In one of the most anticipated shows in Middle Tennessee in the past decade, Radiohead electrified Bonnaroo 2006 on Saturday night.
The night began with the subdued, but driving, “There There.” The set creeped into the opener of that same record, Hail to the Thief, which starts calmly, but kicks in with a force which makes the field absolutely explode.
After a few new pieces, “we escaped” into the beautiful guitar strums of “Exit Music (For a Film),” which got involved in the song’s slow and deliberate climb into intense, dirty bass-filled symphonic ecstacy.
The band’s set, a 28-song journey full of peaks and valleys, included half a dozen unreleased songs, featuring complex rhythms and even more experimental electronics. The Brits played a great mix of their material, with multiple songs from each record except their first, Pablo Honey. They are a much different group of musicians now than they were then, though.
Radiohead truly evolves into an entirely different animal from record to record.
Likewise, Bonnaroo evolves into a different environment each year, always bringing a variety of music enough to please the most discriminating of music fans.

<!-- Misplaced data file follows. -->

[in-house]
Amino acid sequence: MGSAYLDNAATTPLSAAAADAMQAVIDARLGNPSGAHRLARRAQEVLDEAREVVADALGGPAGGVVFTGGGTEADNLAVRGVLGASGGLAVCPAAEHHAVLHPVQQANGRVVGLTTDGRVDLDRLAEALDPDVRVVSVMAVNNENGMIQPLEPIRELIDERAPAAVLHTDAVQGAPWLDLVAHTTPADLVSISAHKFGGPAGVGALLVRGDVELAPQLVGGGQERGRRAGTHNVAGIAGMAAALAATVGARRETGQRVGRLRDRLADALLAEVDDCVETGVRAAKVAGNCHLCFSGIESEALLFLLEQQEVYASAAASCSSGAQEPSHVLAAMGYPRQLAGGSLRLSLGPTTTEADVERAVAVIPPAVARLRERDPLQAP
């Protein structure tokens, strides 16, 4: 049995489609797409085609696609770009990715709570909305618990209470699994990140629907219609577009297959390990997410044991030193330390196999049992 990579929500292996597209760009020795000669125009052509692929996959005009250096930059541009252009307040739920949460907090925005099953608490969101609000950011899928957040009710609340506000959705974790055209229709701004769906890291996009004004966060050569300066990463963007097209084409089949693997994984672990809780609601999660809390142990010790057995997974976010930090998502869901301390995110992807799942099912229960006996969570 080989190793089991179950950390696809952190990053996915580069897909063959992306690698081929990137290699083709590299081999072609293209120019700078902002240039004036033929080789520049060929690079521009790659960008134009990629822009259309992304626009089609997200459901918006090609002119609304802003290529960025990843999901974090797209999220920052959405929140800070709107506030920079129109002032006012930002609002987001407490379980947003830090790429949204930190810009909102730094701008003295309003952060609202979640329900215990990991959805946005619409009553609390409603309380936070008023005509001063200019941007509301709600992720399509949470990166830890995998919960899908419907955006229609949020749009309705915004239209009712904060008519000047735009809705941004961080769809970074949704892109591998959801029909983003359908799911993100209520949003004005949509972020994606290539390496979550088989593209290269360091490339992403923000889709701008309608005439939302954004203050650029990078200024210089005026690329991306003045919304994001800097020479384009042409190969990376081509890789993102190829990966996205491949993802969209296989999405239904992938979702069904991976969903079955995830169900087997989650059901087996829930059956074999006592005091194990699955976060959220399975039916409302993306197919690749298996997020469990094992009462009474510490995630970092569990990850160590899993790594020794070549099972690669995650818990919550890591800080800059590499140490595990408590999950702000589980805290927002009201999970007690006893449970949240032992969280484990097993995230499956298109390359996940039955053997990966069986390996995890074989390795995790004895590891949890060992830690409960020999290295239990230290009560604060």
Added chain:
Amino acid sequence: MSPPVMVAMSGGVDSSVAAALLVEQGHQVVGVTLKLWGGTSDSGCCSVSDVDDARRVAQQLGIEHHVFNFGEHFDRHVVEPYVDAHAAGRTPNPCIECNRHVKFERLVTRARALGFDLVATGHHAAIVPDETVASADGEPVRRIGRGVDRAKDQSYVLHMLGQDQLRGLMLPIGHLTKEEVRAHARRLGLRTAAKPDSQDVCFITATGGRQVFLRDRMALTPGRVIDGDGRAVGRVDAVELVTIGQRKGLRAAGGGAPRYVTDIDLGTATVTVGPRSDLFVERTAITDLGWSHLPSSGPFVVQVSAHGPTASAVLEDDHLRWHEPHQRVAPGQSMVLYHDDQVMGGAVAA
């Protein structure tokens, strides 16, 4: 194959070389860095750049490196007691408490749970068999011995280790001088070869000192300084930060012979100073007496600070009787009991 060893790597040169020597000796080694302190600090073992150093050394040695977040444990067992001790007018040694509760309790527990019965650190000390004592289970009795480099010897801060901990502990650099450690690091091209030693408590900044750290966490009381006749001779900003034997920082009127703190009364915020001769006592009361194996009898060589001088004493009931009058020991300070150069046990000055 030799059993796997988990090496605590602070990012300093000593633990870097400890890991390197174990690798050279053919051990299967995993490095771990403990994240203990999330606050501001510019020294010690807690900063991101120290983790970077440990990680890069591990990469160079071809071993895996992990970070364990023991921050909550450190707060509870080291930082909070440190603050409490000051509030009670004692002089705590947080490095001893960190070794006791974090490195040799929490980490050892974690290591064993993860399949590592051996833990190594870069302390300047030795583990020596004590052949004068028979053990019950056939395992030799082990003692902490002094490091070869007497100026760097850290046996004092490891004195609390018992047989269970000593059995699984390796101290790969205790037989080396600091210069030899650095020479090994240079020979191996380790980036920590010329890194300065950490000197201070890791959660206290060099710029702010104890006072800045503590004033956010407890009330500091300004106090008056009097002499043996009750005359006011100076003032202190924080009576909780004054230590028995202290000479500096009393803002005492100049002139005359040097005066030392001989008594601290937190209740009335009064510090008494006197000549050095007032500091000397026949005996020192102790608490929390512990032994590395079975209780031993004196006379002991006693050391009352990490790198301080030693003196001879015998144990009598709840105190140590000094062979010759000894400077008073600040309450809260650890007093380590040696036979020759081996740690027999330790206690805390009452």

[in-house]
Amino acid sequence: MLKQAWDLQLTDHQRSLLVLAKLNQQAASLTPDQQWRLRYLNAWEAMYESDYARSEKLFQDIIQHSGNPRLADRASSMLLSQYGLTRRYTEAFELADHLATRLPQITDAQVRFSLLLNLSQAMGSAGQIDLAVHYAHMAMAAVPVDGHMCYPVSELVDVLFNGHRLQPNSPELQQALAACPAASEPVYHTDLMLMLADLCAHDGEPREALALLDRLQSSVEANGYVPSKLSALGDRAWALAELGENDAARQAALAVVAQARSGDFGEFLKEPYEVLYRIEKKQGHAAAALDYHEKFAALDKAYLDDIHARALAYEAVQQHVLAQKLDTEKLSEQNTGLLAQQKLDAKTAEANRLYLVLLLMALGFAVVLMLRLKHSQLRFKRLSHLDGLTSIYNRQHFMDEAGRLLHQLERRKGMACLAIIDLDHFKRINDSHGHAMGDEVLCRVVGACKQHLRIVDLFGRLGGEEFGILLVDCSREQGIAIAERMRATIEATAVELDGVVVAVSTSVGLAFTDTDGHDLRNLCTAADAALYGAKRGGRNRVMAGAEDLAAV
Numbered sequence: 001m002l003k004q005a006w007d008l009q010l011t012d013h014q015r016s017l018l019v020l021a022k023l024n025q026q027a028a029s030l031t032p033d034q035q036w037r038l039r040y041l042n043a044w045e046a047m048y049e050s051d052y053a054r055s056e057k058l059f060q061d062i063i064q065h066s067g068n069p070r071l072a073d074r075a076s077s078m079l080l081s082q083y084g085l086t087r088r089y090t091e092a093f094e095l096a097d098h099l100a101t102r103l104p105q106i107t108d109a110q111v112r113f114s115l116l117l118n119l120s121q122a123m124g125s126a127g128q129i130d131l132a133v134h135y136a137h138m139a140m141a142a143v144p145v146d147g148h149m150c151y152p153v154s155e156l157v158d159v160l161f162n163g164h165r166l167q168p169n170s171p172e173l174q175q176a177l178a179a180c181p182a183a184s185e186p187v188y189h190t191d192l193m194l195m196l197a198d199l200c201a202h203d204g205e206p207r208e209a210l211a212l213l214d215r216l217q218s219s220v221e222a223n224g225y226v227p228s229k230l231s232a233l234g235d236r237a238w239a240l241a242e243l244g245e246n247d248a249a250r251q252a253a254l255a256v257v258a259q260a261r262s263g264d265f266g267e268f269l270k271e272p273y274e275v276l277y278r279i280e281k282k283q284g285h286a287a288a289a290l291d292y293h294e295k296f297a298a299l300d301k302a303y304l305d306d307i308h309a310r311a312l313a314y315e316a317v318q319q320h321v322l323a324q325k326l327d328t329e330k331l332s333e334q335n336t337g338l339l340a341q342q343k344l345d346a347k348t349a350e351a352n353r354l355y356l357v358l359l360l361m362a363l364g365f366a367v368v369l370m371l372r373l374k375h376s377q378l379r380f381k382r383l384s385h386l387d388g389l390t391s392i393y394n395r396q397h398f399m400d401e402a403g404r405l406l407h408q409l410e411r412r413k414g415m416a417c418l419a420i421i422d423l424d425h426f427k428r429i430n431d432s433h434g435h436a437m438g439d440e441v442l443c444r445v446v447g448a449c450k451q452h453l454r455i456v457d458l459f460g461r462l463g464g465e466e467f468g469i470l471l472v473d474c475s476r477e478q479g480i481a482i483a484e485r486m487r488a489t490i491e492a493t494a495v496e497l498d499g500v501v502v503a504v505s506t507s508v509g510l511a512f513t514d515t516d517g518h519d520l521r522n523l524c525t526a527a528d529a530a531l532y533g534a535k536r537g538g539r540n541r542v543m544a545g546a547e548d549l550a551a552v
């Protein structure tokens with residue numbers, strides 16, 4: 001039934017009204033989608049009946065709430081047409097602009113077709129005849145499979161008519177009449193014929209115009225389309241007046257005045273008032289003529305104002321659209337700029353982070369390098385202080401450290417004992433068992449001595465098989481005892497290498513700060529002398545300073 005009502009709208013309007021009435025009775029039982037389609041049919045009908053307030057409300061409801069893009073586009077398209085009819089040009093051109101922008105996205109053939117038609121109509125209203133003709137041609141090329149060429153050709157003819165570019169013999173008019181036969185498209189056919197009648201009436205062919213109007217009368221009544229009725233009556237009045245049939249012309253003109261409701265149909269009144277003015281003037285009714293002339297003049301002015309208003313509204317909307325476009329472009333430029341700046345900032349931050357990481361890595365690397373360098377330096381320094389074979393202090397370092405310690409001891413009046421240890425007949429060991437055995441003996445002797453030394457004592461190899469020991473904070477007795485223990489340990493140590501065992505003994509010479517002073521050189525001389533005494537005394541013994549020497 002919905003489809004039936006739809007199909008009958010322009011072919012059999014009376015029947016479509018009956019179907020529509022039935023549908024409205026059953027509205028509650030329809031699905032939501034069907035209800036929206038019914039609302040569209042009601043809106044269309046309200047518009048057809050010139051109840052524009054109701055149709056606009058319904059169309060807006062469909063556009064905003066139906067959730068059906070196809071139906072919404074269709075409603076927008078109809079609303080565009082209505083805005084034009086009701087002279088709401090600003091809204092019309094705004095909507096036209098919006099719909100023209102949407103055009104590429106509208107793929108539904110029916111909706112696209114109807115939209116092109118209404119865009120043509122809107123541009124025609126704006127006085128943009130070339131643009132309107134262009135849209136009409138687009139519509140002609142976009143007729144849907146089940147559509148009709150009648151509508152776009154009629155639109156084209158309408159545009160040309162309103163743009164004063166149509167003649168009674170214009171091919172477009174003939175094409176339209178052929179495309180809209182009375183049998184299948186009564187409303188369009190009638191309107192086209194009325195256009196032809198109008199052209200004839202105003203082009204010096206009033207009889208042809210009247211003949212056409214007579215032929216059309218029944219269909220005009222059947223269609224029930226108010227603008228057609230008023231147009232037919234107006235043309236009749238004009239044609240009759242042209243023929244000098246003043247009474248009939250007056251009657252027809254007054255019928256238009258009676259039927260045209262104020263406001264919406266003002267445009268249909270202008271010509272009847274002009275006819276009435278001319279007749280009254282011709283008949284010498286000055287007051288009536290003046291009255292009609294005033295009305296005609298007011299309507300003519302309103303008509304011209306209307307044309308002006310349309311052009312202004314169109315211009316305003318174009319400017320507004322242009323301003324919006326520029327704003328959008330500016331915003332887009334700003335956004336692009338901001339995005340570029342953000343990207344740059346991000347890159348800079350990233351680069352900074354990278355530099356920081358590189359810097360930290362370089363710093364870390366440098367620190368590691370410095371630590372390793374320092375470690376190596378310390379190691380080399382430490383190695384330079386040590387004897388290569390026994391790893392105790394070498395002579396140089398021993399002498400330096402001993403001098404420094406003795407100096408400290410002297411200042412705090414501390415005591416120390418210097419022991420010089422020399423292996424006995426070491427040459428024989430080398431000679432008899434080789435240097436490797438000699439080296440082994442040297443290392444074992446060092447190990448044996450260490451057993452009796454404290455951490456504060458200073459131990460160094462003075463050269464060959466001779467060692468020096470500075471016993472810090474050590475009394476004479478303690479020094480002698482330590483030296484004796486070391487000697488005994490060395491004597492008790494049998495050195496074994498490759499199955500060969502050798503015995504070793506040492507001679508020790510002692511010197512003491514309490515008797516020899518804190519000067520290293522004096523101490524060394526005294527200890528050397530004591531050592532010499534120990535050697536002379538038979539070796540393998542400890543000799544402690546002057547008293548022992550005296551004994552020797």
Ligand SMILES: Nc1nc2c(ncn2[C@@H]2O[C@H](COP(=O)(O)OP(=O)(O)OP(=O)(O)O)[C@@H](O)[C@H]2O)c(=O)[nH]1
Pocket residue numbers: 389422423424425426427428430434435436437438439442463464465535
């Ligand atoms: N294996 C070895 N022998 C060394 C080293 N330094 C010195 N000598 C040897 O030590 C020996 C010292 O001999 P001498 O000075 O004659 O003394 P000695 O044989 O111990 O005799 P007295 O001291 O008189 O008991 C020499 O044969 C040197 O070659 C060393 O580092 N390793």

And a noticeably different crowd each time around; for the most part, the group captivated by Radiohead on this beautiful summer night are not the jam band fans of the early ’Roos.
No matter who you were, if you were there as the show touched down with “Karma Police” you “lost yourself” in the choir of dedicated fans.
The crowd singing along during the end of this song as the band faded away filled the night air with a magic that impressed some first-time Radiohead concert-goers.
The show didn’t even end there, though. After an unfamiliar encore, the warm keyboard sound let everyone know the opener from Kid A was coming.
Who knows when Radiohead may come nearby again, it could be another decade. Whenever it is, though, be there.